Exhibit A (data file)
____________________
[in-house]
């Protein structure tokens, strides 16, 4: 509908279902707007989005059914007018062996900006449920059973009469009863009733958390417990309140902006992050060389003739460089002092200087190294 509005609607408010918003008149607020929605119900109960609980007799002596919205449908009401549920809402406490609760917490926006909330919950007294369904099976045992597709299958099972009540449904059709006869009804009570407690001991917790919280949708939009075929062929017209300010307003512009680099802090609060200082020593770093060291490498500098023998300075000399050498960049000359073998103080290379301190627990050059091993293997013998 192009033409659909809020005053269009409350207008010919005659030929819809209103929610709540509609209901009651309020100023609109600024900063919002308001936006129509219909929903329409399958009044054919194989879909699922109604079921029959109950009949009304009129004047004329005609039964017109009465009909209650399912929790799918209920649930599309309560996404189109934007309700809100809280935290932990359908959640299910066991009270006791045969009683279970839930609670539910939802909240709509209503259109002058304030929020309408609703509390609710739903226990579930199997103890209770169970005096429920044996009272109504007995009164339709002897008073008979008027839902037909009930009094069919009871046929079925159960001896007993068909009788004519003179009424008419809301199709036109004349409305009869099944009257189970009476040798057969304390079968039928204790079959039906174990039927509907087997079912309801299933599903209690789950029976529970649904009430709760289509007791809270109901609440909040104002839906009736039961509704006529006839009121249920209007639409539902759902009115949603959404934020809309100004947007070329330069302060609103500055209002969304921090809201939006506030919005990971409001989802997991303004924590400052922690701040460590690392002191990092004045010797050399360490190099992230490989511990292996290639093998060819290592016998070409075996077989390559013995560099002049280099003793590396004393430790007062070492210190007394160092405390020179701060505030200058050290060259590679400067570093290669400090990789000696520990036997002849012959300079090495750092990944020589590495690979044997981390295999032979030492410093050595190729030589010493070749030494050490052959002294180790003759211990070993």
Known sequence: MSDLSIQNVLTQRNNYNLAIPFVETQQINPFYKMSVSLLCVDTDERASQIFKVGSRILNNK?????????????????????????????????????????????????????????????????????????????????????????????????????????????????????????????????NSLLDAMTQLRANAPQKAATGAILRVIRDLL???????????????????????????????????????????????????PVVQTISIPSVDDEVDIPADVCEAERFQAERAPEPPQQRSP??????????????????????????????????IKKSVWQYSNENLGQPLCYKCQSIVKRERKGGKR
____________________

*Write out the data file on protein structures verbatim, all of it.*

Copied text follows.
[in-house]
């Protein structure tokens, strides 16, 4: 509908279902707007989005059914007018062996900006449920059973009469009863009733958390417990309140902006992050060389003739460089002092200087190294 509005609607408010918003008149607020929605119900109960609980007799002596919205449908009401549920809402406490609760917490926006909330919950007294369904099976045992597709299958099972009540449904059709006869009804009570407690001991917790919280949708939009075929062929017209300010307003512009680099802090609060200082020593770093060291490498500098023998300075000399050498960049000359073998103080290379301190627990050059091993293997013998 192009033409659909809020005053269009409350207008010919005659030929819809209103929610709540509609209901009651309020100023609109600024900063919002308001936006129509219909929903329409399958009044054919194989879909699922109604079921029959109950009949009304009129004047004329005609039964017109009465009909209650399912929790799918209920649930599309309560996404189109934007309700809100809280935290932990359908959640299910066991009270006791045969009683279970839930609670539910939802909240709509209503259109002058304030929020309408609703509390609710739903226990579930199997103890209770169970005096429920044996009272109504007995009164339709002897008073008979008027839902037909009930009094069919009871046929079925159960001896007993068909009788004519003179009424008419809301199709036109004349409305009869099944009257189970009476040798057969304390079968039928204790079959039906174990039927509907087997079912309801299933599903209690789950029976529970649904009430709760289509007791809270109901609440909040104002839906009736039961509704006529006839009121249920209007639409539902759902009115949603959404934020809309100004947007070329330069302060609103500055209002969304921090809201939006506030919005990971409001989802997991303004924590400052922690701040460590690392002191990092004045010797050399360490190099992230490989511990292996290639093998060819290592016998070409075996077989390559013995560099002049280099003793590396004393430790007062070492210190007394160092405390020179701060505030200058050290060259590679400067570093290669400090990789000696520990036997002849012959300079090495750092990944020589590495690979044997981390295999032979030492410093050595190729030589010493070749030494050490052959002294180790003759211990070993």
Known sequence: MSDLSIQNVLTQRNNYNLAIPFVETQQINPFYKMSVSLLCVDTDERASQIFKVGSRILNNK?????????????????????????????????????????????????????????????????????????????????????????????????????????????????????????????????NSLLDAMTQLRANAPQKAATGAILRVIRDLL???????????????????????????????????????????????????PVVQTISIPSVDDEVDIPADVCEAERFQAERAPEPPQQRSP??????????????????????????????????IKKSVWQYSNENLGQPLCYKCQSIVKRERKGGKR